We’ve seen commitment decline for the majority of employees post-recession, as leaders and organisations think that tuning into this soft stuff is a waste of time. It isn’t.
I was in a bar in London in 2006. It was one of those stiflingly hot days when you wish that Londoners had fewer weather conversations and more air conditioning. This was when I told a senior executive, whom I had never met before, that my company was running an in-depth research project looking at the link between happiness at work and performance. Clutching a very warm beer, he threw his head back to roar with laughter. “It will never catch on, sweetheart,” he said. “Go back to financial services where you came from.”
Since then, we’ve all had to deal with a very different working world. Data that we’ve gathered since 2006 shows that people everywhere feel less confidence, motivation, loyalty, resilience, commitment and engagement. And whether your local economy is in a state of boom or bust, employees are experiencing similar pressures and bosses can only squeeze until the pips squeak for so long.
But imagine a mindset that enables action to maximise performance and achieve potential in these tough times. We understand that this is another way of describing happiness at work.
Our empirical research, done by the iOpener Institute for People and Performance and involving 9 000 people from around the world, reveals some astonishing facts. Employees who report being happiest at work:
- stay twice as long in their jobs as their least happy colleagues;
- spend double their time at work focused on what they are paid to do;
- take 10 times less sick leave; and
- believe they are achieving their potential twice as much.
And the science of happiness at work has big benefits for individuals, too. If you’re really happy at work, you’ll solve problems faster, be more creative, adapt fastest to change, receive better feedback, get promoted quicker and earn more over the long term.
Our research shows that there are five important drivers that underpin the science of happiness at work.
This is about what you do, so it’s made up of some of the core work activities, such as having clear goals, moving positively towards them, talking about issues that might prevent you from meeting your objectives, and feeling heard when you do so. You’ll do all this best when you feel appreciated and valued by your boss and your colleagues. So it’s not just about delivering, it’s about doing that within collaborative working relationships.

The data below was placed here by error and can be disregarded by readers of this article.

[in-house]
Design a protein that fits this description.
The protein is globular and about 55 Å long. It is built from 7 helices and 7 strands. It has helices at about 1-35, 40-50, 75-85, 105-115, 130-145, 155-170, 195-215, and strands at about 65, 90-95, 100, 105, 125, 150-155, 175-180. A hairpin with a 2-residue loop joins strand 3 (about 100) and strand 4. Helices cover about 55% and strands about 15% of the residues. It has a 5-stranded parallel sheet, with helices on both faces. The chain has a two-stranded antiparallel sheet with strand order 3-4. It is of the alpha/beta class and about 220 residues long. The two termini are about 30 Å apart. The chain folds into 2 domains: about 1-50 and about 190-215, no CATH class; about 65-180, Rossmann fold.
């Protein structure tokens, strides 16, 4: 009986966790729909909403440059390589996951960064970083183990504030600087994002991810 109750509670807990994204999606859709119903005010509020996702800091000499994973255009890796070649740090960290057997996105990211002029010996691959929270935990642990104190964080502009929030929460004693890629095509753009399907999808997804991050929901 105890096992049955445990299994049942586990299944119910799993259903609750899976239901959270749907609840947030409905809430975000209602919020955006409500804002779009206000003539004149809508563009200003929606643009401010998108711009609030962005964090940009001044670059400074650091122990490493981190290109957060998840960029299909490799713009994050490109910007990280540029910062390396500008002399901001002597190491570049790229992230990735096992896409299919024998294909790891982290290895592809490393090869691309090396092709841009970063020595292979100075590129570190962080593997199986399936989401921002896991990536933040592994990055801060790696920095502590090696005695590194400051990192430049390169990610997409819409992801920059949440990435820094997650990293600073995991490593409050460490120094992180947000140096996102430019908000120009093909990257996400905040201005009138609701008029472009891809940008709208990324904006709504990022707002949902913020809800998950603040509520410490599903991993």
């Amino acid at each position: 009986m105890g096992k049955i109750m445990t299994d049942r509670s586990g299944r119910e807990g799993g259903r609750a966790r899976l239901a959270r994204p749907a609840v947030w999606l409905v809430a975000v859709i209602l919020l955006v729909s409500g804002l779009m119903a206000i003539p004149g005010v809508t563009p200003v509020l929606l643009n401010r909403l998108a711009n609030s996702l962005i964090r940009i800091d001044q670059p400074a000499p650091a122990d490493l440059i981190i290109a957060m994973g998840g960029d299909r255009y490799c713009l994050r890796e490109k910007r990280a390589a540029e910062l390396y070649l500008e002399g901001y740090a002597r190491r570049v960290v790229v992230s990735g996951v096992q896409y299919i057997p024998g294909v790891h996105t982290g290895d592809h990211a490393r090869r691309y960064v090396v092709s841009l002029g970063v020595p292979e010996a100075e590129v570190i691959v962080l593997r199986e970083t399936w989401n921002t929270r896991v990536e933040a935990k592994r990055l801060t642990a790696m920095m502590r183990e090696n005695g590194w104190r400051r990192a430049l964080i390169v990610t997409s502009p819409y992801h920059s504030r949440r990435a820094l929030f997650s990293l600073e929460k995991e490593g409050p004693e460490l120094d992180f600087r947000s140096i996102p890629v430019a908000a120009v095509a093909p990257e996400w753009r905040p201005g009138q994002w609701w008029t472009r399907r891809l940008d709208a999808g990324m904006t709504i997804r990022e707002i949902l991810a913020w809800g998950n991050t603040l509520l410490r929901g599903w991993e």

Here’s what Daniel Walsh, executive vice president at Chep, one of the world’s leading transport and logistics organisations, said about the value of his colleagues’ contributions: “I was very task-focused and goal-oriented early in my career and I delivered significant deals. But afterwards it would take a few weeks to mop up the wreckage because I was more gung-ho than I needed to be. I had a meeting with my mentor who said: ‘Look, this has got to stop. You’re delivering fantastic results but you’ve got to take people with you.’ Now, I try to create an environment where people feel their opinions or views matter and I appreciate what they bring to the table. I can’t do my job on my own.”
This is the short-term motivation, both in good times and bad. That’s the key point: keeping going even when things get tough, so that you maintain the resources that pull you through. Vital to doing this is feeling that you’re resilient, efficient and effective. In fact, our data clearly shows that we’re much more resilient than we know, but we’re much less aware of how variable our motivation is and how to manage it. But actively deciding to do this can make a huge difference. As Adam Parr, CEO of Williams F1, said: “A driver who gets out of a car when it’s spun off or he’s been hit and it’s all gone horribly wrong and reminds himself that he’s privileged to do the work and there’s a job to be done – that takes him to another level.”